memcpy is generally designed to use non-temporal instructions when a large buffer is copied. However, when many small buffers are copied, memcpy cannot know that the overall set of buffer would be too big to fit in the LLC or even that written data are not meant to be reused soon. In fact, sometime, even developers cannot know since the size of the computed buffer can be dependent of the user and the size of the LLC is dependent of the user target machine.

The bad news is that such instructions can hardly be used from a high-level code. ICC supports that using pragma directives, Clang has an experimental support with builtins and AFAIK GCC does not support that yet. OpenMP 5 provide a portable pragma directive for that but it is not yet implemented. For more information, please read this post.

On x86-64 processors, you can use the SSE and AVX intrinsics _mm_stream_si128 and _mm256_stream_si256. Note that the pointers need to be aligned in memory.

On ARMv8 processors, there is an instruction STNP but it is only an hint and it is not really meant to bypass the cache. Moreover, the Cortex-A53 specification seems to only support non-temporal loads (not non-temporal stores). Put it shortly, ARMv8 does not have such instructions.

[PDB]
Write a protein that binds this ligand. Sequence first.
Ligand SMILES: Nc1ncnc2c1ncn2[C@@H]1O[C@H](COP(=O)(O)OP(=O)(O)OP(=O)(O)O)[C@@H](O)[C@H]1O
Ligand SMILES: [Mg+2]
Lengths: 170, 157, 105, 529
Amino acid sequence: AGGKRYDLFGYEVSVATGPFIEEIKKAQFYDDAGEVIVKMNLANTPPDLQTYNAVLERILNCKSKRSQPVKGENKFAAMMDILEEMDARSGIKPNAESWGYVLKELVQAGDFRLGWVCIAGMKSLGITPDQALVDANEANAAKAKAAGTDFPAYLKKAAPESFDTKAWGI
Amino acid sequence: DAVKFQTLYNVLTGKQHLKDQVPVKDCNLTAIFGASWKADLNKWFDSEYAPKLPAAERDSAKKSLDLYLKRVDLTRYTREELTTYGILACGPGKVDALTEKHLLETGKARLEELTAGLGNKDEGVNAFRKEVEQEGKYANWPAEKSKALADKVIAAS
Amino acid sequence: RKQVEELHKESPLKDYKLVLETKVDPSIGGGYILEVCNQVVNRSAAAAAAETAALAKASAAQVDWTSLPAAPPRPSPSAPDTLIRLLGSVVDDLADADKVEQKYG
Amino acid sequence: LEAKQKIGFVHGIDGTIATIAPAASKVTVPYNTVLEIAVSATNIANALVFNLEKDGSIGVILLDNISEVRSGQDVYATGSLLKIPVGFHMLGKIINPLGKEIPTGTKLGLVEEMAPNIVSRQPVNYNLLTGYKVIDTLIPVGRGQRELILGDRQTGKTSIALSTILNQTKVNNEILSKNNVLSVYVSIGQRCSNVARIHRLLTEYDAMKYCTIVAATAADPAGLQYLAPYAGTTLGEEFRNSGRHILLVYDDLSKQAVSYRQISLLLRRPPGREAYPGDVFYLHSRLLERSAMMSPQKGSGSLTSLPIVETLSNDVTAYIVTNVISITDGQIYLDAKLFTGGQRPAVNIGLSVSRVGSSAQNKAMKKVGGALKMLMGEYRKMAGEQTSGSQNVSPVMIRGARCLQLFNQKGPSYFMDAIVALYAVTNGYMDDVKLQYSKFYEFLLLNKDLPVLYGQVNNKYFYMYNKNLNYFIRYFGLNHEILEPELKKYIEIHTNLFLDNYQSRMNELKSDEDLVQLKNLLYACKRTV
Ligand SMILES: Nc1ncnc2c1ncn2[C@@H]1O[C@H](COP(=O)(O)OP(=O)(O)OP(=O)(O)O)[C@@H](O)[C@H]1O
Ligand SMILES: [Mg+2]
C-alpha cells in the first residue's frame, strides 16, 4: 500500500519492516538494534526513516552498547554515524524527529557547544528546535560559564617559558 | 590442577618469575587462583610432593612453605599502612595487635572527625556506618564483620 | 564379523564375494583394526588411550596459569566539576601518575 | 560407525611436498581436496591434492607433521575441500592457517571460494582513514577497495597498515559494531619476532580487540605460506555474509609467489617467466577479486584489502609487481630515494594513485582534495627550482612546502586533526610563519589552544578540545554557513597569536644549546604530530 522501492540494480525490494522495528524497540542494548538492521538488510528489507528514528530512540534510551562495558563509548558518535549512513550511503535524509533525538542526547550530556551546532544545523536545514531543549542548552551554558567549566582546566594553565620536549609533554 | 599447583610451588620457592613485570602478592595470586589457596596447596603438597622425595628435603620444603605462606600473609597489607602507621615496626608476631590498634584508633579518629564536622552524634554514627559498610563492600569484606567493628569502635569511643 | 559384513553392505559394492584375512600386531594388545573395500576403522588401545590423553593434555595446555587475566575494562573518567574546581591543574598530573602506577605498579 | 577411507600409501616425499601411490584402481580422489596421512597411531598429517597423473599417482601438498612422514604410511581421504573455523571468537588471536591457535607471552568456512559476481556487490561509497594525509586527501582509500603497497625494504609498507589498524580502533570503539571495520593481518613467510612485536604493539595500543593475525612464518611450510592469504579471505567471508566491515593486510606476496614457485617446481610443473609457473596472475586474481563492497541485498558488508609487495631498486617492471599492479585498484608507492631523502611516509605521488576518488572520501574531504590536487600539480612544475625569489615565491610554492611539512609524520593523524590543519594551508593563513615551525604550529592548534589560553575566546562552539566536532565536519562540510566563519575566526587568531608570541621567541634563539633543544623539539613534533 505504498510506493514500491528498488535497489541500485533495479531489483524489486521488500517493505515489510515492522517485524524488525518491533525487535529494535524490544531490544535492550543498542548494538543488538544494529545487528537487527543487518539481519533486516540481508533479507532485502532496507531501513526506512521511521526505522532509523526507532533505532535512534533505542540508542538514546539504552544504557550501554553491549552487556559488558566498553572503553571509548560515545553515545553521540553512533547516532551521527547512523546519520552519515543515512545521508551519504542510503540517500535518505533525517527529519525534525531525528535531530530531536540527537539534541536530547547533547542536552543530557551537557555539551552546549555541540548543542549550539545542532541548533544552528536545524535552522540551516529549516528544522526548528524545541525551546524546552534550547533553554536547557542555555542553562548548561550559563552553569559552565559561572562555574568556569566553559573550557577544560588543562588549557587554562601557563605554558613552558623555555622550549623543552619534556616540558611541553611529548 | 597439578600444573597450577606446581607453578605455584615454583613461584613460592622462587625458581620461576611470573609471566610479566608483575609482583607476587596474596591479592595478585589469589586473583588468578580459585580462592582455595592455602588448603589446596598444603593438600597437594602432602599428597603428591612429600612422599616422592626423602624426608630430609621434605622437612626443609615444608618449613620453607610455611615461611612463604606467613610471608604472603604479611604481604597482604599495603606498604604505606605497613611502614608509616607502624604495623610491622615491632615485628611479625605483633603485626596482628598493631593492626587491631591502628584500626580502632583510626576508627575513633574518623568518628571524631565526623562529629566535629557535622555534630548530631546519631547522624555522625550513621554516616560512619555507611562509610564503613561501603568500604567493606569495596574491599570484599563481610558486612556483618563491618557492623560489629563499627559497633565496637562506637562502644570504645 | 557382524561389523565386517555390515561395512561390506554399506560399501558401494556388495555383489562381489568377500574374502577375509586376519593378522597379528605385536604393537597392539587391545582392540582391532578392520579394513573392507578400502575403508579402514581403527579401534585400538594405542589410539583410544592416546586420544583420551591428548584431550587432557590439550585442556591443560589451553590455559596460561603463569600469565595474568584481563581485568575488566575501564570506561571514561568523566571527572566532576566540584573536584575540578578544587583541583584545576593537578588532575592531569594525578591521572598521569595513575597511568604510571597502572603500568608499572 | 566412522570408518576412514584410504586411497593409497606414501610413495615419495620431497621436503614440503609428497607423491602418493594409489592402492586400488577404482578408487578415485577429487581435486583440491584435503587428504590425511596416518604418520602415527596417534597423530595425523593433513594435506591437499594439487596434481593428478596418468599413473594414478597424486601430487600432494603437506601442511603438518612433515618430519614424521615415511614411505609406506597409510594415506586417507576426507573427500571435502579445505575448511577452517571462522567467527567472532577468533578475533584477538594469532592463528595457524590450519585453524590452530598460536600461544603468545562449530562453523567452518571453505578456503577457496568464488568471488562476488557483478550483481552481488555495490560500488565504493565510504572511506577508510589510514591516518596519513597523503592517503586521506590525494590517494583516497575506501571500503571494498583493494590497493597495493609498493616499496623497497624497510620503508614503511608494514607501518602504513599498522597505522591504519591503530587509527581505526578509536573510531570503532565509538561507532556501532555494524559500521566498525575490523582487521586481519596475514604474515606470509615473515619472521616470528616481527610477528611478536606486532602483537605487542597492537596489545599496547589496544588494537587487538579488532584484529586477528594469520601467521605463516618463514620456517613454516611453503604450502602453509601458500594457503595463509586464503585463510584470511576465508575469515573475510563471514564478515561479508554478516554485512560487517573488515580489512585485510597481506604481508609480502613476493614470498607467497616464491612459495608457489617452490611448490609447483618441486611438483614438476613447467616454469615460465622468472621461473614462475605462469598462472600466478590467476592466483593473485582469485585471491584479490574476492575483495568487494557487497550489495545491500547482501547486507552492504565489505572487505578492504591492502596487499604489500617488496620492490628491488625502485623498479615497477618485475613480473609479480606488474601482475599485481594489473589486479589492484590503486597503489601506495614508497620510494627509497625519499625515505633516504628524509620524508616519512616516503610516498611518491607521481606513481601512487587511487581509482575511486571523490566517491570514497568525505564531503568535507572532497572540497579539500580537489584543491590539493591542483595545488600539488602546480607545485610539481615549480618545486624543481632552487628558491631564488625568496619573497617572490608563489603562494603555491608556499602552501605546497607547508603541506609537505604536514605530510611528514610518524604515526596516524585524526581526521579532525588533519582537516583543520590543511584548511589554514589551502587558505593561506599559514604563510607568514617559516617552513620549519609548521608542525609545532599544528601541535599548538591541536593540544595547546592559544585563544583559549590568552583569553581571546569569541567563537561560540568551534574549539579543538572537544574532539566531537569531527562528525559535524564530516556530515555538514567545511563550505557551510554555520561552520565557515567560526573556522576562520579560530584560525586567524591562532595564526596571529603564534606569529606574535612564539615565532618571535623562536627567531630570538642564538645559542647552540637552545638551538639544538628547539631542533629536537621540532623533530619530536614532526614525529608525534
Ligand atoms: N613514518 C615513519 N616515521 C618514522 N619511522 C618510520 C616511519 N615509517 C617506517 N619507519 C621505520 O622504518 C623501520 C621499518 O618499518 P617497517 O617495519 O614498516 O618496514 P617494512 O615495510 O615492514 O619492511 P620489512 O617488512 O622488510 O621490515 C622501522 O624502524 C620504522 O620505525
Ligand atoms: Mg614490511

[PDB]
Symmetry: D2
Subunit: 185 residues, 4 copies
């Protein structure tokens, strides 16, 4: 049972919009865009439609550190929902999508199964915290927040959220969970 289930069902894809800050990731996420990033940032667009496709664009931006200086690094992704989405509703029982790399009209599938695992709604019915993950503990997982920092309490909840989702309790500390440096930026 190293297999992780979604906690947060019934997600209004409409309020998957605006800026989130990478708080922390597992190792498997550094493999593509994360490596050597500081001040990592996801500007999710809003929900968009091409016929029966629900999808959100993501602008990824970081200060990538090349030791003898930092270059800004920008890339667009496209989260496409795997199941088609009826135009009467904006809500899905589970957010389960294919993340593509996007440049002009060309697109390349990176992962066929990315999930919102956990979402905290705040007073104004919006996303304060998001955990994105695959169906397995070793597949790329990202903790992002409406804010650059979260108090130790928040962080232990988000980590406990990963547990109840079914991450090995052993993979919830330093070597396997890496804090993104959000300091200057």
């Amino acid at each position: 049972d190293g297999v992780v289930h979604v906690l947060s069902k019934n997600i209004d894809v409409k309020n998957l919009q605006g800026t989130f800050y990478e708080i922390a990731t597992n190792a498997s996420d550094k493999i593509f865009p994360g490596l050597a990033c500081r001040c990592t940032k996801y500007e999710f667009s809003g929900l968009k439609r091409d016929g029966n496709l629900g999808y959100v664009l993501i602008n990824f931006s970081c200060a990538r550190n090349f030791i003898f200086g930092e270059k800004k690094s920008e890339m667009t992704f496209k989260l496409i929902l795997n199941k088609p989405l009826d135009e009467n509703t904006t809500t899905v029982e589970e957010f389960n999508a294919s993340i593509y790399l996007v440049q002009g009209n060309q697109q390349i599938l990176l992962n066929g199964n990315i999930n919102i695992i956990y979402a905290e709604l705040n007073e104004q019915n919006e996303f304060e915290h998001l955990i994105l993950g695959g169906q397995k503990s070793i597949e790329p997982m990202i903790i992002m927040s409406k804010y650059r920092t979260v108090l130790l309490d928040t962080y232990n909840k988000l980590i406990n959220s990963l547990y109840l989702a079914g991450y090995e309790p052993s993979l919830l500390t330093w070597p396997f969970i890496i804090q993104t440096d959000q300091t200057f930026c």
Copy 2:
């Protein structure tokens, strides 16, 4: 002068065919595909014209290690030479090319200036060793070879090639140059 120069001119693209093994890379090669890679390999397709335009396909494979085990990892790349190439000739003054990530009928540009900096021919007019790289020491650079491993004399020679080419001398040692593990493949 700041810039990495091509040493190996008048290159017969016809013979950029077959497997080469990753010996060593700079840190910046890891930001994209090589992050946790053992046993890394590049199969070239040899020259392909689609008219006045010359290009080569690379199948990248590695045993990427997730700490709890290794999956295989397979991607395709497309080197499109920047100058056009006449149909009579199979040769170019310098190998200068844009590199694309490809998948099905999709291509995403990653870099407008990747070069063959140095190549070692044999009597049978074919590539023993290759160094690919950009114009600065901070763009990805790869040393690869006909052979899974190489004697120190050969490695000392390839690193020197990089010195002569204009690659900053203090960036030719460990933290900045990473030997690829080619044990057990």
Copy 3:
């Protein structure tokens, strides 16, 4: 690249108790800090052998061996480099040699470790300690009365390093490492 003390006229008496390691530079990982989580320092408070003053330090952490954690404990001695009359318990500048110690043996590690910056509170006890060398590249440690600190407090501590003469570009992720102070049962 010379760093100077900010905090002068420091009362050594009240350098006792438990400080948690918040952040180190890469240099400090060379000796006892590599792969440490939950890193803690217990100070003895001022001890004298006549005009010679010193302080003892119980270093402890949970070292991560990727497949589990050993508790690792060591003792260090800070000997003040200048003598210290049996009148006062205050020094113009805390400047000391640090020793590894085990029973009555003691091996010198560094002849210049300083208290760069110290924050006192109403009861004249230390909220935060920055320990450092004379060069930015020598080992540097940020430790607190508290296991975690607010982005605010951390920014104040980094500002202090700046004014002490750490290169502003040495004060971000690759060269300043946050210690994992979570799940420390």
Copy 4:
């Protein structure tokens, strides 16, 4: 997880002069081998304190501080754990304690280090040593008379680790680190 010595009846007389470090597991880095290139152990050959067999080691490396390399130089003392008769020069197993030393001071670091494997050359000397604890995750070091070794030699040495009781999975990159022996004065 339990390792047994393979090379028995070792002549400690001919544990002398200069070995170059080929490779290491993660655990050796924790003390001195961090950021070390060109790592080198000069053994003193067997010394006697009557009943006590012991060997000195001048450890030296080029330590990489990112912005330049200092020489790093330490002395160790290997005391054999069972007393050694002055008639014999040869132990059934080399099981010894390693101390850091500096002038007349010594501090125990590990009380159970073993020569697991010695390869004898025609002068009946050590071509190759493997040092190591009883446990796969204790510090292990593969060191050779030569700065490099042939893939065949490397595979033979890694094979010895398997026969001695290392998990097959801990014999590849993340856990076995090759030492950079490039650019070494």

The good news is that the very recent ARMv9 instruction set adds new instructions for that. In fact it adds specific instructions for non-temporal copies. You can get the specification here.

Since the Raspberry Pi 3B practical memory benchmarks indicates a read bandwidth of 2.7 GB/s and a write bandwidth of 2.4 GB/s. A copy of a 720x480 3-chanel image with write allocations would take about 720 * 480 * 3 * (1/2.4e9 + 2/2.7e9) = 1.2 ms which is close to your reported execution time. It is also important to mention that read-write DRAM accesses tends to be a bit slower than plain reads or plain writes. If the STNP hint works well, it would results in 0.8 ms (optimal on this hardware). If you want a faster execution time, then you need to work on smaller images.